Posted 14 April, 2016

Sacred Spaces in the Sacred Valley

Sacred Spaces in the Sacred Valley

In the heart of Peru, several streams and rivulets course out of the gorges of the Andes, to join the River Urubamba or the Rio Sagrado (Sacred River). The waters cut through the mountains to form a valley. The colonists called it the Valley of Yucay, the Incas called it El Valle Sagrado los Incas. We know it as the Sacred Valley – a place the Incas worshipped for its incredible spirituality, fertility, and climactic harmony.

At its epicenter lies Cusco, a well of deep spirituality and culture. Cusco is the perfect place from which to start exploring the Sacred Valley – as well as your mind, body and soul. Even as the altitude wears thin, breathe in the crisp cool air deeply with a yogic pranayama at the Temple of the Moon with one of Enigma’s yoga experts. These gorgeous ruins have an important spiritual significance and are a place of immense tranquility. Enigma’s yoga teachers guide you through the asanas and breathing techniques to align your inner equilibrium, so that it resonates with the rhythm of the Sacred Valley.

A short walk brings you to the Temple of the Monkeys. This tiny but exquisite jewel of archaeology, is filled with fascinating primate iconography. Hewn out of rock, the ancient rock cut monkey figures can be discerned even after so many thousands of years. Make a small offering of local flowers or a piece of fruit at the small shrine of the heart shaped stone.

Walk a little ways to arrive at Q’engo, and pause to meditate as you contemplate the stairway to the Holy Trilogy. According to Andean myth, the holy trilogy consists of the serpent, the puma and the condor, which symbolize our mental, corporal and spiritual faculties (read our facebook post on the Andean Trilogy: Q’engo is a fascinating place and was a path of pilgrimage for the Incas. The labyrinthine zig-zag cuts across the complex which actually consists of four separate blocks of ruins. Q’engo Grande was an important site of worship on the Chichaysuyu – a suyu was the intersection of several ceques, or pilgrim paths. For the ancient Inca, Q’engo not only served as a huaca or shrine, but also as an important astronomical observatory from where they could explore the heavens. A beautiful sequence of caves, altars, thrones, water channels, basins and other such spaces, were hewn out of its rock face. Several of these related to the passage of the sun, and the two little knobs at the head of the ruins cast shadow patterns during the summer solstice. These were known to the Inca as the “awakening of the puma”. At the onset of the solstice, the knobs are bathed in a light and cast a shadow formation that resembles the face of puma. At the equinox, only half the puma’s face is seen.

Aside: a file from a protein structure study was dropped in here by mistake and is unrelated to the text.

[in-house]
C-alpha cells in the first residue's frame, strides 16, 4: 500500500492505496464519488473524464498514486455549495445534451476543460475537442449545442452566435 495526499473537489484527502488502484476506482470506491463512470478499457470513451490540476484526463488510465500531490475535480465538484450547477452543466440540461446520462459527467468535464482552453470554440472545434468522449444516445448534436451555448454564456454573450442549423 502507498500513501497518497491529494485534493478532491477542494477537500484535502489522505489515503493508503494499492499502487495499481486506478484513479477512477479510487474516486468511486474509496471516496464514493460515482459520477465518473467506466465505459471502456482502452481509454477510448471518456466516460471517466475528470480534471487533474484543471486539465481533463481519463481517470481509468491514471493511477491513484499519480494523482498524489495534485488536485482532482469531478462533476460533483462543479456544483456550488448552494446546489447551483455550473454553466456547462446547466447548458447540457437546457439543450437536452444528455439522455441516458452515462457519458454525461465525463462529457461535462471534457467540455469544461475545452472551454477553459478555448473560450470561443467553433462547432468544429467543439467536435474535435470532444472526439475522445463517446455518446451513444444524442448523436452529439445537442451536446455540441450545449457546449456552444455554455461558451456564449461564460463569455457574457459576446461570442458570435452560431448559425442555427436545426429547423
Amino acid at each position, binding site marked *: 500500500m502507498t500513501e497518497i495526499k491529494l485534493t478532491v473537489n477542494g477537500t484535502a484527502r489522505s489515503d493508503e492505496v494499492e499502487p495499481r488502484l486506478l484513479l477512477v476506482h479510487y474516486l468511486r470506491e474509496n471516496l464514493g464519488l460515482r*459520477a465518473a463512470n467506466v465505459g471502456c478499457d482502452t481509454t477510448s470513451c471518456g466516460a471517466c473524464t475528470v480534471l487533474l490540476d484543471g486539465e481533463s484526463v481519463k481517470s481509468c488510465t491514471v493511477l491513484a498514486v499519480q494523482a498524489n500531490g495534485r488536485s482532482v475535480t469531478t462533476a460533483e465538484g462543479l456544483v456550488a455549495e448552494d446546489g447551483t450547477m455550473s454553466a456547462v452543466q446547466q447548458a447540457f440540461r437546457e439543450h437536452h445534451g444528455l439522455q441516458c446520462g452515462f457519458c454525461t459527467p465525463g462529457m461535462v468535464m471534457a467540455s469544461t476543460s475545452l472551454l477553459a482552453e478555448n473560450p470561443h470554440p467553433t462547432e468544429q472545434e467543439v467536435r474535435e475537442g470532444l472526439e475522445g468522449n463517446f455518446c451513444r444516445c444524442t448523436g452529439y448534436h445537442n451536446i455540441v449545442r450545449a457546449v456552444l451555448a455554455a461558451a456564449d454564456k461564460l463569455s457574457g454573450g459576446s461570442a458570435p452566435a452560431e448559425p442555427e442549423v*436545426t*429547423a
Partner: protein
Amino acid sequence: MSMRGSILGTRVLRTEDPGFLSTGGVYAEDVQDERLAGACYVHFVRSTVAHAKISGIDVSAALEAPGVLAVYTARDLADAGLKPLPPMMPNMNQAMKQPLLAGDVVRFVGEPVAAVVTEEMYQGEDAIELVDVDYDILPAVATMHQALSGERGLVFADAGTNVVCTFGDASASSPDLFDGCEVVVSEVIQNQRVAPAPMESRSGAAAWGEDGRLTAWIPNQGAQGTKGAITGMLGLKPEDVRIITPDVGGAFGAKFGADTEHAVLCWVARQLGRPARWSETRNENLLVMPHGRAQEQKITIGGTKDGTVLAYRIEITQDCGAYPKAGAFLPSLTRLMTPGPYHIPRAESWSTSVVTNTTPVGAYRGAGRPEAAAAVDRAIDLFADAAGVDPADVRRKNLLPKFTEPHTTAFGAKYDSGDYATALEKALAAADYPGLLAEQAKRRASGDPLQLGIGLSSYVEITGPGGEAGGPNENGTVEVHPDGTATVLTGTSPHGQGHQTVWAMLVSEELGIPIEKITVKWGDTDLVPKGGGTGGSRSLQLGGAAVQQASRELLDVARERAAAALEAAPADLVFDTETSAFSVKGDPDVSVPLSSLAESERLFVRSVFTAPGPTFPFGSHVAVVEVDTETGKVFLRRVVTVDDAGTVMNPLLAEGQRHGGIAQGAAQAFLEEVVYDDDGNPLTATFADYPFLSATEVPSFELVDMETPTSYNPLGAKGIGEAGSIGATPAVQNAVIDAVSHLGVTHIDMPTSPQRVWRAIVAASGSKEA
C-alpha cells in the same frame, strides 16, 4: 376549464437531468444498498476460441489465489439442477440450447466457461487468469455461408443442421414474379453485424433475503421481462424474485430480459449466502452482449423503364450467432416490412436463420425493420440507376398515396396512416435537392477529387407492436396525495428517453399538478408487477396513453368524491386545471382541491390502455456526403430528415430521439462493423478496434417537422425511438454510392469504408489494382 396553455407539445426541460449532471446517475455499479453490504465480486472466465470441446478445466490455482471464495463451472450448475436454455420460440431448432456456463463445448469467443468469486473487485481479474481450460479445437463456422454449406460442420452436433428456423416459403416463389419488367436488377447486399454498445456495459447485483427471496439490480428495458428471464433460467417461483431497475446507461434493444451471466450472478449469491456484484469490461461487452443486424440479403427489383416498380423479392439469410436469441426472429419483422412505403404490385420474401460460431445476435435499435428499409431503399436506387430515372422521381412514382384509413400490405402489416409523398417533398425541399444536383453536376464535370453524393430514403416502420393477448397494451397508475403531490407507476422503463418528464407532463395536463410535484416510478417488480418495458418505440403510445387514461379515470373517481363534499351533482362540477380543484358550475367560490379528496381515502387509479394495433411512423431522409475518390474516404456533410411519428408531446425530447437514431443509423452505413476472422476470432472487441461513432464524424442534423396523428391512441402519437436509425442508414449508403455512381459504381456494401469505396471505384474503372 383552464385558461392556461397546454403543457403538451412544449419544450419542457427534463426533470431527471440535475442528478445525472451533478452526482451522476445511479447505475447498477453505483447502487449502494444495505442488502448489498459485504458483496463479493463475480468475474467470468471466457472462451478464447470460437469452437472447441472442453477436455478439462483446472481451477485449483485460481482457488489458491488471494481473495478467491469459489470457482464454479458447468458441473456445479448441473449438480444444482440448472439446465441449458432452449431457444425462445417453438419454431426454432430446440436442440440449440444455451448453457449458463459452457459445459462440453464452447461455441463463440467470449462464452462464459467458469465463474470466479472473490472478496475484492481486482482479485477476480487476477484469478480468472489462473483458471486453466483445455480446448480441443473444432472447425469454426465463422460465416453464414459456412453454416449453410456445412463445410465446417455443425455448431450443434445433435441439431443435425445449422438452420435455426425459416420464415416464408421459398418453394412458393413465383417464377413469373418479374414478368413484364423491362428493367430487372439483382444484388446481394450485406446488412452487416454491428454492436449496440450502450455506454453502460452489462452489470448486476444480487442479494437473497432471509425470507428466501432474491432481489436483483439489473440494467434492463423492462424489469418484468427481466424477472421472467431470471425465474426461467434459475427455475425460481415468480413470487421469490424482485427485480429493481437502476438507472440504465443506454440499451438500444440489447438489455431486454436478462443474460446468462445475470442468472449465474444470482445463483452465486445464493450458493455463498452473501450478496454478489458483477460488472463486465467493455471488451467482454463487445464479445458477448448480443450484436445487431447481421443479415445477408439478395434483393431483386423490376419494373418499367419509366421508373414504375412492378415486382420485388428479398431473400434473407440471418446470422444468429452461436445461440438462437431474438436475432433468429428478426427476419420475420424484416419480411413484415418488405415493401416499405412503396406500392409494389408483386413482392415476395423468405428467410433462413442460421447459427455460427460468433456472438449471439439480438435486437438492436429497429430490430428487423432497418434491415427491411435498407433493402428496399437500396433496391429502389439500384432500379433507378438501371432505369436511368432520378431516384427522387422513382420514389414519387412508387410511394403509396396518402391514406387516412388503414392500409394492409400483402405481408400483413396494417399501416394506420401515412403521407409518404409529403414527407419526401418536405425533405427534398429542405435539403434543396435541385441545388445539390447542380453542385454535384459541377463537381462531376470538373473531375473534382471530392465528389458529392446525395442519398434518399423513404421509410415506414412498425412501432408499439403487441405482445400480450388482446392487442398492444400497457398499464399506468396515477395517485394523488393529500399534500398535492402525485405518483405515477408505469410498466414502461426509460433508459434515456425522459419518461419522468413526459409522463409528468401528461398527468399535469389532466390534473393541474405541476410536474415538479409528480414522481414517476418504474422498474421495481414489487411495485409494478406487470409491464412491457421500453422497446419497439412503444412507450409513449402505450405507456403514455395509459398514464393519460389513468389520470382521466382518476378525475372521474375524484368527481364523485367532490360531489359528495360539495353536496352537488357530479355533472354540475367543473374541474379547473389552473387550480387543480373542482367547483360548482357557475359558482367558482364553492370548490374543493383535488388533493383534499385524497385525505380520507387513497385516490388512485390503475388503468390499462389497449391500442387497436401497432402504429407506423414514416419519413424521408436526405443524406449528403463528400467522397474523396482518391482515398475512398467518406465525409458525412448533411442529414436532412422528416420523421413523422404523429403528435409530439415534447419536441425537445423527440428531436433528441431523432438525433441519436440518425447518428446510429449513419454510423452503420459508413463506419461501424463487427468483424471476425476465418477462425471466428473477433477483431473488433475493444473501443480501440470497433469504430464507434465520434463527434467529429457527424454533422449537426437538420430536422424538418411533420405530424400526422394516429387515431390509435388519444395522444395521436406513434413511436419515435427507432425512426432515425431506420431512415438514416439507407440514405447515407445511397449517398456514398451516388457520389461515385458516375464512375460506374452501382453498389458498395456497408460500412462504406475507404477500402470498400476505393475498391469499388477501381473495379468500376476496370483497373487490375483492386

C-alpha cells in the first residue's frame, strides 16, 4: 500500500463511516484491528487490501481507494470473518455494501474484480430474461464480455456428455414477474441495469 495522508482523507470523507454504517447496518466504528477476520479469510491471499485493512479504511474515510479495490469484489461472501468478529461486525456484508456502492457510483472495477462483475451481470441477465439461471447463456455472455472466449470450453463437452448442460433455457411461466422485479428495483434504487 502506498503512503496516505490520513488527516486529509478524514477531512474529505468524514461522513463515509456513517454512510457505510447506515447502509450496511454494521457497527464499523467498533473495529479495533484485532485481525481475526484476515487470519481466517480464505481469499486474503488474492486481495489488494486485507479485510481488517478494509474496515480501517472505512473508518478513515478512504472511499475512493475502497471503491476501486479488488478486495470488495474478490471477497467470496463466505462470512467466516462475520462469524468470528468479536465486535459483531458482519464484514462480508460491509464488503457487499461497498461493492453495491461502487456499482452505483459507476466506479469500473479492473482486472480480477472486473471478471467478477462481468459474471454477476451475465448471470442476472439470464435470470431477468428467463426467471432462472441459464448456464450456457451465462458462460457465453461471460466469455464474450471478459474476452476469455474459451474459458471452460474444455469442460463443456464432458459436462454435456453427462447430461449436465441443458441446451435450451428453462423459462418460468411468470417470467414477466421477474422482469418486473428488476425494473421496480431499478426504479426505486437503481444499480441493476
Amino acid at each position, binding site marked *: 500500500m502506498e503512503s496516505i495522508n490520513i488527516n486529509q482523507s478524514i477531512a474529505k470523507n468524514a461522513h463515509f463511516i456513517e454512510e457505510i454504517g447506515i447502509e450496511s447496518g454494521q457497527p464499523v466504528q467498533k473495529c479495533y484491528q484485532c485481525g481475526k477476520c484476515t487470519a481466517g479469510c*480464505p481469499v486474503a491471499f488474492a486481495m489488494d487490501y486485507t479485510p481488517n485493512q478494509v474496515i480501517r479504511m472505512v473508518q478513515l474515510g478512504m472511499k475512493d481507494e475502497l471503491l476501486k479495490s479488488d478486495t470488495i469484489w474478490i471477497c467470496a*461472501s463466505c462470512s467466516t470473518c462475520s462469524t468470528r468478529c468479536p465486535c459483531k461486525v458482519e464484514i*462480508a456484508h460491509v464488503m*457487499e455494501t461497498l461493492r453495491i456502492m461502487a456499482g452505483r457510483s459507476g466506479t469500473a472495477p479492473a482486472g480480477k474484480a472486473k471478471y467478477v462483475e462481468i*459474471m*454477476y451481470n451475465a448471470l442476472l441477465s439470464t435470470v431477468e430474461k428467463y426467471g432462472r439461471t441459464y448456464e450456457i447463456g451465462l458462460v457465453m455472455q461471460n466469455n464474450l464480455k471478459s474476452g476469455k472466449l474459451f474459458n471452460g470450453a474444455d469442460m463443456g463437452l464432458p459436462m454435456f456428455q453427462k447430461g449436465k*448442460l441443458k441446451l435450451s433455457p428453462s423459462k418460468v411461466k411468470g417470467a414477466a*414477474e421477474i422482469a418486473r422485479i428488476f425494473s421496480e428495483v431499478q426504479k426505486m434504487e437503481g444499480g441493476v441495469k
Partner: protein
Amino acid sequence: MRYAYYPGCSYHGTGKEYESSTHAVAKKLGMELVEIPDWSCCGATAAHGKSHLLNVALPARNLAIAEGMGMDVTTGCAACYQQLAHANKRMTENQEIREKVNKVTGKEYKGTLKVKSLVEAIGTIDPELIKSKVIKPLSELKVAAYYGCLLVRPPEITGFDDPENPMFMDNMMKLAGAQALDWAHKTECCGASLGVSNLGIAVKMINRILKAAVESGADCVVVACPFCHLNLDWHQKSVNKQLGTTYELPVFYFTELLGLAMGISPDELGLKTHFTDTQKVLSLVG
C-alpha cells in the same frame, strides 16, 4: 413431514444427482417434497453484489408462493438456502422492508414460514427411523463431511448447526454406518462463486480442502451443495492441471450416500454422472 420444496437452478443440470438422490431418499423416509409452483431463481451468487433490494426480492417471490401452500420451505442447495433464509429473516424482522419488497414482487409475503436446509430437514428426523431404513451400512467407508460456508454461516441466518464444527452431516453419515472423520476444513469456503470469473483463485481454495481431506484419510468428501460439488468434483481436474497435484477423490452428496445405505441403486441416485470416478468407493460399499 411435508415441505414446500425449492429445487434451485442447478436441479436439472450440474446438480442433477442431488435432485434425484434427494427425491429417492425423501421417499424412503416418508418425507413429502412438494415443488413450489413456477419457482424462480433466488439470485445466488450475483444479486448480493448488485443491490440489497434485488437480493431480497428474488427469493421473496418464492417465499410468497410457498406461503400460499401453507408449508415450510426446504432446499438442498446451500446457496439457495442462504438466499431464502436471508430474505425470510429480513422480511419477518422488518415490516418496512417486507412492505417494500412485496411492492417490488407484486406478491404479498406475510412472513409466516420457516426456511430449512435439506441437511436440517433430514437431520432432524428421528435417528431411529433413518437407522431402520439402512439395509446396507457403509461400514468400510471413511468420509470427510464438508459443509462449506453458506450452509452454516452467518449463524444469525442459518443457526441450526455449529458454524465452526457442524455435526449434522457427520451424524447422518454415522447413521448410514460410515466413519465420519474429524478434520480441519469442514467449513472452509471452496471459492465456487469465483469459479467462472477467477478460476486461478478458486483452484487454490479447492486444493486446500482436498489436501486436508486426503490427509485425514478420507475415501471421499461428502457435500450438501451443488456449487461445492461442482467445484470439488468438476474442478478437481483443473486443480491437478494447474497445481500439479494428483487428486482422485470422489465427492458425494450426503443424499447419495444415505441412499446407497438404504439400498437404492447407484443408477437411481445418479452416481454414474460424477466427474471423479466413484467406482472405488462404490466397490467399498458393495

Beneath the ruins lies a cave, within which are two beautiful altars, and three series of stairs. The three stairs depict the three worlds: The underworld, our current existence, and the world above. At the onset of the summer solstice, sunlight streams into the cave and each of the stairs is bathed in its light in progression.